Wednesday, June 16, 2010

CEO Forum II Focuses on Strategy

This past week we also hosted our second HTG CEO Forum in Denver. Our initial meeting was talked about here. We had 14 companies represented and we had an amazing time together. Our time began with a checkup on goals from the last session. Some work still to be done there, but folks are working hard to make that transition to the CEO role. It is a very big change of mindset and thinking for most of us.

We had a special visit from Colleen Abdullah who is CEO of WOW – an Internet, cable, telephony provider. It was a very engaging hour and a half as she shared her transition into that role and the success she has had as she created a culture of being focused on the customer – both internal and external. That is the secret sauce – paying attention to people. Colleen is a great role model as she took over a company that was doing $9 million and today is doing many times that in revenue – over $500 million as I recall. She has done it by excelling in the people business. She admitted that her products were not all that different or unique – hard to differentiate in a market where everyone pretty much has the same tools and offerings. But where WOW wins is in the hearts of their customers and people as they provide a level of service and caring that is unique to their industry. They “WOW” their employees and end users and win in the markets they serve.

She also challenged us to stay close to customers and our teams. Her approach is to take time monthly to ride in the trucks and be on the phones with her staff. She stays connected to what is happening. She is also active in the association representing smaller cable providers. A great lesson here – we need to be engaged with our industry in watching legislation and other influences that will impact us. Silence is not golden when it comes to lobbying the legislative process.

We shifted gears after that as my son Pete shared about the importance of process. He taught us about Six Sigma and Lean as tools that can be used to help create standardized methodology and take cost out of our businesses. These are enterprise level tools but they contain many facets that will work effectively for us in small business. We just need to learn and understand how to use the things that fit to help keep us competitive in the marketplace. As commoditization ramps in managed services and cloud solutions – efficiency and taking cost out will be the name of the game. These types of skills will be important for us to compete effectively.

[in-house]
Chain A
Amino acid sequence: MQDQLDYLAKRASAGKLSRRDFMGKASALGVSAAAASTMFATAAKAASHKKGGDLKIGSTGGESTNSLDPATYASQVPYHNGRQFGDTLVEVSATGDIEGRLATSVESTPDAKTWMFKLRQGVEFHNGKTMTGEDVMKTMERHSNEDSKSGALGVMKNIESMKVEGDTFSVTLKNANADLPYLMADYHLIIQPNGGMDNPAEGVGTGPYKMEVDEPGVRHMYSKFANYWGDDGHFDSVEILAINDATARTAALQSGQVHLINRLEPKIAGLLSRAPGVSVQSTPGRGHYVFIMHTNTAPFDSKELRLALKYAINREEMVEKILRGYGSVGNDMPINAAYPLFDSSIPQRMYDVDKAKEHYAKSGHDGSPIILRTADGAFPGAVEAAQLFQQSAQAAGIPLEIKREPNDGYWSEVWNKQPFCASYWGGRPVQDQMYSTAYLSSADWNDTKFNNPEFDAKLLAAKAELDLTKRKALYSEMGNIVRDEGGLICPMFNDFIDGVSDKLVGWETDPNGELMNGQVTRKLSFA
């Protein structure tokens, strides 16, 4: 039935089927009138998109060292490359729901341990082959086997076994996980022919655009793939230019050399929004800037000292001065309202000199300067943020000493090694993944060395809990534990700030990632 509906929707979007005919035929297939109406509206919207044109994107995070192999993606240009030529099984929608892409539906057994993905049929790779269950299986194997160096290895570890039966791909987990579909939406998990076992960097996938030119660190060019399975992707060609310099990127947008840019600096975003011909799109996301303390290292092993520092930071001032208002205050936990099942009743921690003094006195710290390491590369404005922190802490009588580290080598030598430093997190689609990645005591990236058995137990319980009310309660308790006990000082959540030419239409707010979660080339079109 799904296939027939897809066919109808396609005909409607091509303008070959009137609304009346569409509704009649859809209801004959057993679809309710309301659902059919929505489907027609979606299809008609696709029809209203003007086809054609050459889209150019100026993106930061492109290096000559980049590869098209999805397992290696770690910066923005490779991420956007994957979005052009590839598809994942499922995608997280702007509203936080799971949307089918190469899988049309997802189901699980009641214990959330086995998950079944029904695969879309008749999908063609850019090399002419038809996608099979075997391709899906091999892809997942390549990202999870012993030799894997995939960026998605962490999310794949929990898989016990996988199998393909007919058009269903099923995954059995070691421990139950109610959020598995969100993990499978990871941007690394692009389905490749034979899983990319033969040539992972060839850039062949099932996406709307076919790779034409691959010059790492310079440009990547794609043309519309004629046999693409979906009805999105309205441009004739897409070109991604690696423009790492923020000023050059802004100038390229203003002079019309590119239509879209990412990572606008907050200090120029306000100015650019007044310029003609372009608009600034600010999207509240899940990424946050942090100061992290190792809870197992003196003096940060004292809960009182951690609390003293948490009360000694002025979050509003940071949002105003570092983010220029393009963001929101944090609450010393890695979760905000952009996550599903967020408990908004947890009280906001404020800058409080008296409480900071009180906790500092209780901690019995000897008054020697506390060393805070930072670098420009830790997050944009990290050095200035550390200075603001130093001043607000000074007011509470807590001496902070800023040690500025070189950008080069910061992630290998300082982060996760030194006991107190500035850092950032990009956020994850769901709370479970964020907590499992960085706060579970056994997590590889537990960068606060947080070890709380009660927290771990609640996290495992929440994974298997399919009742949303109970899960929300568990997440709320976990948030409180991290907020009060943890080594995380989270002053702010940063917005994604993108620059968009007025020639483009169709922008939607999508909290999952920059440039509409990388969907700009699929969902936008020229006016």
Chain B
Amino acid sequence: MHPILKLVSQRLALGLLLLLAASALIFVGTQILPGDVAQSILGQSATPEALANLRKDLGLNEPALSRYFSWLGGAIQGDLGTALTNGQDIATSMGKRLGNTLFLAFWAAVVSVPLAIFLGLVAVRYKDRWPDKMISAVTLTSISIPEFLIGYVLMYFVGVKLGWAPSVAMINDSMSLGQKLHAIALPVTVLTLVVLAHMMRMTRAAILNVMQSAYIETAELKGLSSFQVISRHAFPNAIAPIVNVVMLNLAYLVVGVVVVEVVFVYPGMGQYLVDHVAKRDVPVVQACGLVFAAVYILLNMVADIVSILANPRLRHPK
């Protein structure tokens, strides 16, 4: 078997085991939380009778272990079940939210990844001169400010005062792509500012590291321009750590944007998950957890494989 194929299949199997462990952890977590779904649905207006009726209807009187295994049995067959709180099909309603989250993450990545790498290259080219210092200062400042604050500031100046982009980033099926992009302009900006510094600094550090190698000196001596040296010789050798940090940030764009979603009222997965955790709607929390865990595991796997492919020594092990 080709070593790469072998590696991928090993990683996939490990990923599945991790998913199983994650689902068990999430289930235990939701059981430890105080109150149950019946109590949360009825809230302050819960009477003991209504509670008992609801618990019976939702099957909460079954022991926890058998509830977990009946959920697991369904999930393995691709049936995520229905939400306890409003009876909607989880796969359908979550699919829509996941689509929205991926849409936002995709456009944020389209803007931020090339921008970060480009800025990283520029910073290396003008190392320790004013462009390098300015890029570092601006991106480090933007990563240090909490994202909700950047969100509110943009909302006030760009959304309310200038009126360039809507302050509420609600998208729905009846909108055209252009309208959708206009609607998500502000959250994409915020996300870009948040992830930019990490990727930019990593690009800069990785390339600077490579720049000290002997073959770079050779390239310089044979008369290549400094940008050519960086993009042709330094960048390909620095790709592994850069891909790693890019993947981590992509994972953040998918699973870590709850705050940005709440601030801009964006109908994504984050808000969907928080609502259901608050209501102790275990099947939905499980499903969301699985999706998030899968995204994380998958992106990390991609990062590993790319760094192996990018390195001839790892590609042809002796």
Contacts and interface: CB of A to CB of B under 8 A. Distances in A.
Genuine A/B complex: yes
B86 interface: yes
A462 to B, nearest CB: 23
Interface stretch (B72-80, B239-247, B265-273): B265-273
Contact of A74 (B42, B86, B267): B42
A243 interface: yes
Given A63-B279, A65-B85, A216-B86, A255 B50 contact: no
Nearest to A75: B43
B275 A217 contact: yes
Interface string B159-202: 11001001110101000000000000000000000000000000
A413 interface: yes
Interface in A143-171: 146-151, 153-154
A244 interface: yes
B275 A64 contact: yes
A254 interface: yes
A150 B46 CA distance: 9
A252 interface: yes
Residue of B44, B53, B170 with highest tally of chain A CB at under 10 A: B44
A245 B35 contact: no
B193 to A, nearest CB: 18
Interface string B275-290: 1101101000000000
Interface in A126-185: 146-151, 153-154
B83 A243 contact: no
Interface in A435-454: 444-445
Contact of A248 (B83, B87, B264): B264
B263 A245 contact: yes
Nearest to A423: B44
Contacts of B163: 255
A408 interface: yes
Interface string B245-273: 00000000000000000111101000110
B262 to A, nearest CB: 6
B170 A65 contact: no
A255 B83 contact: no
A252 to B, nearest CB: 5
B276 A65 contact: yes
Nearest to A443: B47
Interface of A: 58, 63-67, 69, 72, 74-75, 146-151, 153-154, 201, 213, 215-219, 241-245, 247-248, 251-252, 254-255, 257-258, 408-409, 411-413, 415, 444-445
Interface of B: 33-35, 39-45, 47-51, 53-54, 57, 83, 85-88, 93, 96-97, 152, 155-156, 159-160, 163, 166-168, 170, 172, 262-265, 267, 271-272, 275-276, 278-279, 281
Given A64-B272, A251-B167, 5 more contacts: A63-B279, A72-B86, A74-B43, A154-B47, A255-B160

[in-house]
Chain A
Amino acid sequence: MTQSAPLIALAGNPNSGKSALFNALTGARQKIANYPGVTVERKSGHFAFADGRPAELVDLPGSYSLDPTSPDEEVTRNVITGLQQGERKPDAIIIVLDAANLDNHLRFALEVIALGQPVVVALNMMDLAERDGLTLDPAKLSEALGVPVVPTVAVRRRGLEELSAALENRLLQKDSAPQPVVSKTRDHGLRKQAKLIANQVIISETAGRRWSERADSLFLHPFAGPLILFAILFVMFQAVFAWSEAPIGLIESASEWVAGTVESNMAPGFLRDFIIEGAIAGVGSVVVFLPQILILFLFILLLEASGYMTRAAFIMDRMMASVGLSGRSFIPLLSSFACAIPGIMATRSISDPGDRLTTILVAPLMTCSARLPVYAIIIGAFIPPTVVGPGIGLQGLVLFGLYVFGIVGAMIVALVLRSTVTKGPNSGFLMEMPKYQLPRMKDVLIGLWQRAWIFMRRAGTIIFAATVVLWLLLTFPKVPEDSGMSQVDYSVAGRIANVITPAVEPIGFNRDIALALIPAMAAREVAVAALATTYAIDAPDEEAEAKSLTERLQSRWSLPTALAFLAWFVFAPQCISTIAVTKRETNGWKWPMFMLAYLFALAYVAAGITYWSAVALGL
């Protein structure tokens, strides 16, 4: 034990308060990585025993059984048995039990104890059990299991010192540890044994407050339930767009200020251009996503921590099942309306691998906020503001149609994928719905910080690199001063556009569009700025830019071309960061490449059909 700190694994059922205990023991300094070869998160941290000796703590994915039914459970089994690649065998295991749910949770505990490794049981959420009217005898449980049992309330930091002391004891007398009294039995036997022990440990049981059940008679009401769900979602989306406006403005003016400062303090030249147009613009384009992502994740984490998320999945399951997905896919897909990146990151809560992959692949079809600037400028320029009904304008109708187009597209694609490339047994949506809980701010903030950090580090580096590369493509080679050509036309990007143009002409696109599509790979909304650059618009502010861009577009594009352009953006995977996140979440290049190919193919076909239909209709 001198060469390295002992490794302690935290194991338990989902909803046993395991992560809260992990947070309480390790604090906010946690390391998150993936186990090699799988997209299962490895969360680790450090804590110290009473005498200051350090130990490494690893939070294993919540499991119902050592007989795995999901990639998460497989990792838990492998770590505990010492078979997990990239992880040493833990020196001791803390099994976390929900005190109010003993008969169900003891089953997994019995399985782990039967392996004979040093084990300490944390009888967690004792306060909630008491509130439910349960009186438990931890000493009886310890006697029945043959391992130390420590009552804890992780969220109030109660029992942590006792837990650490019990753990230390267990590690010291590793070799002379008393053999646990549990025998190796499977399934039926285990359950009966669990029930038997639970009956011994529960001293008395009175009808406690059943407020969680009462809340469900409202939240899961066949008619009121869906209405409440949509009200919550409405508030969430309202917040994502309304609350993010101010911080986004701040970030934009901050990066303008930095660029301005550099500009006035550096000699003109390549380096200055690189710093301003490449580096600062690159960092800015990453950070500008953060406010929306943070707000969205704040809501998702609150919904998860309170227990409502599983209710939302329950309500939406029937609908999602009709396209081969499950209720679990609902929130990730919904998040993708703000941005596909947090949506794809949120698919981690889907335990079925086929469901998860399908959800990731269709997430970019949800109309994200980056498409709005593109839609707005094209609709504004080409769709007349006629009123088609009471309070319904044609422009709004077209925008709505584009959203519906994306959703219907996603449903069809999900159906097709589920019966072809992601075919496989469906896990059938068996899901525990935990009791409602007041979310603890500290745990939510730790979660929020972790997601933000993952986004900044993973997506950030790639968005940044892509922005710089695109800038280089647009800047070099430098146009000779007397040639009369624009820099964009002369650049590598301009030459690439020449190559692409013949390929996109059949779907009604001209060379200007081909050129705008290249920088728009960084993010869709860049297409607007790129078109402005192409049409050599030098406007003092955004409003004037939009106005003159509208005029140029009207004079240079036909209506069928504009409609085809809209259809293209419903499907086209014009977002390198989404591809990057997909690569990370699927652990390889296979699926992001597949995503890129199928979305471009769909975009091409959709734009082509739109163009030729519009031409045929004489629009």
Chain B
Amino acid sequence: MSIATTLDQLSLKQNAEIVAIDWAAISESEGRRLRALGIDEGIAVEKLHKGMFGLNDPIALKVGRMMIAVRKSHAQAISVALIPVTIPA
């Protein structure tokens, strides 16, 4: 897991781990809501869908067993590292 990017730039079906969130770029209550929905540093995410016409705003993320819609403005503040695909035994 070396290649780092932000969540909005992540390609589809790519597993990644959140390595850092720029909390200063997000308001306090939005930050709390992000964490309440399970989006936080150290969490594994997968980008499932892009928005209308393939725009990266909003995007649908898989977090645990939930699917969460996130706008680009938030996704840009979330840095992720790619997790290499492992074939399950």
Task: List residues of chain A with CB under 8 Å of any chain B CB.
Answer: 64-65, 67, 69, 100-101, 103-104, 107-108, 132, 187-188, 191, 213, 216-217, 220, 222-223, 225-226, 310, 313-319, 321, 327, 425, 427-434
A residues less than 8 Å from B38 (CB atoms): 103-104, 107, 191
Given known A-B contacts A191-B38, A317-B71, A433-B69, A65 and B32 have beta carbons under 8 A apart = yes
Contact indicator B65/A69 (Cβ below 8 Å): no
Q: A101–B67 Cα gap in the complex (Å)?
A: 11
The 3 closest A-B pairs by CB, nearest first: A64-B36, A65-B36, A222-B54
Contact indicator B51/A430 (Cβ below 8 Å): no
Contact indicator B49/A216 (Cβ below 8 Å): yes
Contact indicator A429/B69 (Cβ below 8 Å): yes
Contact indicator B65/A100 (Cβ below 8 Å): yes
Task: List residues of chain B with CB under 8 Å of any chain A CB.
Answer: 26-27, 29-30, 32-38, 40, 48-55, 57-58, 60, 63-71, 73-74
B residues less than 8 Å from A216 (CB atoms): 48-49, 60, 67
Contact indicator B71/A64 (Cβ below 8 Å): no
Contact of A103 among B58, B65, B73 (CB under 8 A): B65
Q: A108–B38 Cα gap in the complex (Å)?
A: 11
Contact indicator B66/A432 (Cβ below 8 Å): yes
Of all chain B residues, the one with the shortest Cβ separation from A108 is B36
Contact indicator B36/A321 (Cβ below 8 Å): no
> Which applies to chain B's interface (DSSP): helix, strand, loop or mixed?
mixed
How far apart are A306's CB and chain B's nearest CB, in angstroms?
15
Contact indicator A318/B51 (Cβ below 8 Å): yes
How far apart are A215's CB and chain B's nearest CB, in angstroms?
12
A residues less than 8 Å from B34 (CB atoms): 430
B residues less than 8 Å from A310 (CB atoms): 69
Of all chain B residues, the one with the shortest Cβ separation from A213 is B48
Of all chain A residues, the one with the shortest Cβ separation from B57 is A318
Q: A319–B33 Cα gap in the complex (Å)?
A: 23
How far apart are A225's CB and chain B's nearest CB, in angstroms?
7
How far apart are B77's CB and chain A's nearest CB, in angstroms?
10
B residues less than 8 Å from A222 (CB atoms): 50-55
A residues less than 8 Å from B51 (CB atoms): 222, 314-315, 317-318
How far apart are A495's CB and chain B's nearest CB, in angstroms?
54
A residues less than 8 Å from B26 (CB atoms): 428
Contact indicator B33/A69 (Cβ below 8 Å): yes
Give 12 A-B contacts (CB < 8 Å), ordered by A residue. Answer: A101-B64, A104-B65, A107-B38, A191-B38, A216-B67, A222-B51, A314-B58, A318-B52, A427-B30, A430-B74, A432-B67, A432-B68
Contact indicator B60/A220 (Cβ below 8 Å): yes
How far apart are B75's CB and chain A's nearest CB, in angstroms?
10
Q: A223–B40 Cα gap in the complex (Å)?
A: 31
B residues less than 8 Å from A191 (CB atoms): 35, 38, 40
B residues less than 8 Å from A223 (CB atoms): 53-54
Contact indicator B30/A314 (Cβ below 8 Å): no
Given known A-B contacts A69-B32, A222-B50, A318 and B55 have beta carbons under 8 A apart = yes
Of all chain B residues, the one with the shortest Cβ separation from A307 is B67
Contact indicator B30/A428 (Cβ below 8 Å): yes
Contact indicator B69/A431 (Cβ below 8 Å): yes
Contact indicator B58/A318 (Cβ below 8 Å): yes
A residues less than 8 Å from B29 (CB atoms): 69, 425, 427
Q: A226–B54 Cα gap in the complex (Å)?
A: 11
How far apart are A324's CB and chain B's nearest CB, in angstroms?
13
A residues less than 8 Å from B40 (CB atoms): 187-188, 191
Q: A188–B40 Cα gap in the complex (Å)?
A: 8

Day two was spent with Ryan Morris from MMP. He led us through a full day workshop on strategic planning – one of the key roles a CEO needs to fulfill. Ryan broke things down and helped us understand the basics of strategy. It isn’t necessarily rocket science, but rather a persistent and total focus on a single objective. Not the scatter gun, throw it up on the wall and see what sticks, hope I guessed right, sell to whoever will write a check kind of approach. Those don’t work as you grow a company. He assured us that we will not always get it right, but we need to set and then monitor and change our strategy on an ongoing basis.

The reality is that strategy is really only effective with about a 3 year look forward. Beyond that it is more of a general goal. His guidance is a detailed 6 month plan, followed by an 18 month set of objectives that point to a three year strategy. It must be evaluated and tweaked every quarter and is not failure if it needs adjustment. We learned that key factors that impact our strategic plan – like resources and external factors – are outside our control and will change. Sometimes that change will require us to tweak our strategy and we need to be on top of it so we get that done.

It was a great combination – discussion around strategy and process – as those are the two keys to running a successful long term organization. Both need to be on the radar of the CEO. They both are a lot of hard work, so job security is built in. But as we listened to our trainers, and to our guest expert, we had to have heard those words a few hundred times. Success is not accidental. Luck and timing can play a part for sure – but success happens when leaders plan and execute and tweak and execute and revise and execute. If things are not going well in your company – time to go look in the mirror. You may need to have a talk with yourself!

No comments: